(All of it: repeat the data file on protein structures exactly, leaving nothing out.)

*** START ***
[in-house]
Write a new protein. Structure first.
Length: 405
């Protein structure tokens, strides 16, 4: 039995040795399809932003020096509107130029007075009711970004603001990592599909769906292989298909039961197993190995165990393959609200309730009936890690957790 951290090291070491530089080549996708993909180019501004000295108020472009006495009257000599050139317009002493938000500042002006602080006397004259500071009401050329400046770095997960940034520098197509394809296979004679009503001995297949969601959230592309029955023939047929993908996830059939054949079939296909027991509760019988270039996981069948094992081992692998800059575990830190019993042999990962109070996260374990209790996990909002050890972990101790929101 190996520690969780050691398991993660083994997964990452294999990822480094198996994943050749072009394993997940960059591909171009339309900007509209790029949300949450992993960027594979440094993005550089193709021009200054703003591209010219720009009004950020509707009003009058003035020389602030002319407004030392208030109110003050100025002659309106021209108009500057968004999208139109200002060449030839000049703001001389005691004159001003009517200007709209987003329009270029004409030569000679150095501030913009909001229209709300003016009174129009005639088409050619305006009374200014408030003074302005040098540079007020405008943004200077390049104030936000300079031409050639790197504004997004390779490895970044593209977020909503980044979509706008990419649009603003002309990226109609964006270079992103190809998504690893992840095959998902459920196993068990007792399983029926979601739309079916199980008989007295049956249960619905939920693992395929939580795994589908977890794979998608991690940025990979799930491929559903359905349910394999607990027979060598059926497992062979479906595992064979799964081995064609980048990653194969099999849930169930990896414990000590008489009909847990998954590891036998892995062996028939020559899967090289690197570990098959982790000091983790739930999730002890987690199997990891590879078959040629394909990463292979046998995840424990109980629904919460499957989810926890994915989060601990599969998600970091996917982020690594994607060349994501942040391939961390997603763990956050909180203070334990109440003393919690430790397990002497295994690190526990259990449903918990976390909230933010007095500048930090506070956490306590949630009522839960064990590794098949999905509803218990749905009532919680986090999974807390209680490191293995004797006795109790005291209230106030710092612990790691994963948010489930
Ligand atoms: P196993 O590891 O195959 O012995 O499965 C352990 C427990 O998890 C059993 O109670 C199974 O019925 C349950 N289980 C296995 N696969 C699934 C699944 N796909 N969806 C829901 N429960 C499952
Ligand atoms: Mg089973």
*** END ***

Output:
[in-house]
Write a new protein. Structure first.
Length: 405
């Protein structure tokens, strides 16, 4: 039995040795399809932003020096509107130029007075009711970004603001990592599909769906292989298909039961197993190995165990393959609200309730009936890690957790 951290090291070491530089080549996708993909180019501004000295108020472009006495009257000599050139317009002493938000500042002006602080006397004259500071009401050329400046770095997960940034520098197509394809296979004679009503001995297949969601959230592309029955023939047929993908996830059939054949079939296909027991509760019988270039996981069948094992081992692998800059575990830190019993042999990962109070996260374990209790996990909002050890972990101790929101 190996520690969780050691398991993660083994997964990452294999990822480094198996994943050749072009394993997940960059591909171009339309900007509209790029949300949450992993960027594979440094993005550089193709021009200054703003591209010219720009009004950020509707009003009058003035020389602030002319407004030392208030109110003050100025002659309106021209108009500057968004999208139109200002060449030839000049703001001389005691004159001003009517200007709209987003329009270029004409030569000679150095501030913009909001229209709300003016009174129009005639088409050619305006009374200014408030003074302005040098540079007020405008943004200077390049104030936000300079031409050639790197504004997004390779490895970044593209977020909503980044979509706008990419649009603003002309990226109609964006270079992103190809998504690893992840095959998902459920196993068990007792399983029926979601739309079916199980008989007295049956249960619905939920693992395929939580795994589908977890794979998608991690940025990979799930491929559903359905349910394999607990027979060598059926497992062979479906595992064979799964081995064609980048990653194969099999849930169930990896414990000590008489009909847990998954590891036998892995062996028939020559899967090289690197570990098959982790000091983790739930999730002890987690199997990891590879078959040629394909990463292979046998995840424990109980629904919460499957989810926890994915989060601990599969998600970091996917982020690594994607060349994501942040391939961390997603763990956050909180203070334990109440003393919690430790397990002497295994690190526990259990449903918990976390909230933010007095500048930090506070956490306590949630009522839960064990590794098949999905509803218990749905009532919680986090999974807390209680490191293995004797006795109790005291209230106030710092612990790691994963948010489930
Ligand atoms: P196993 O590891 O195959 O012995 O499965 C352990 C427990 O998890 C059993 O109670 C199974 O019925 C349950 N289980 C296995 N696969 C699934 C699944 N796909 N969806 C829901 N429960 C499952
Ligand atoms: Mg089973």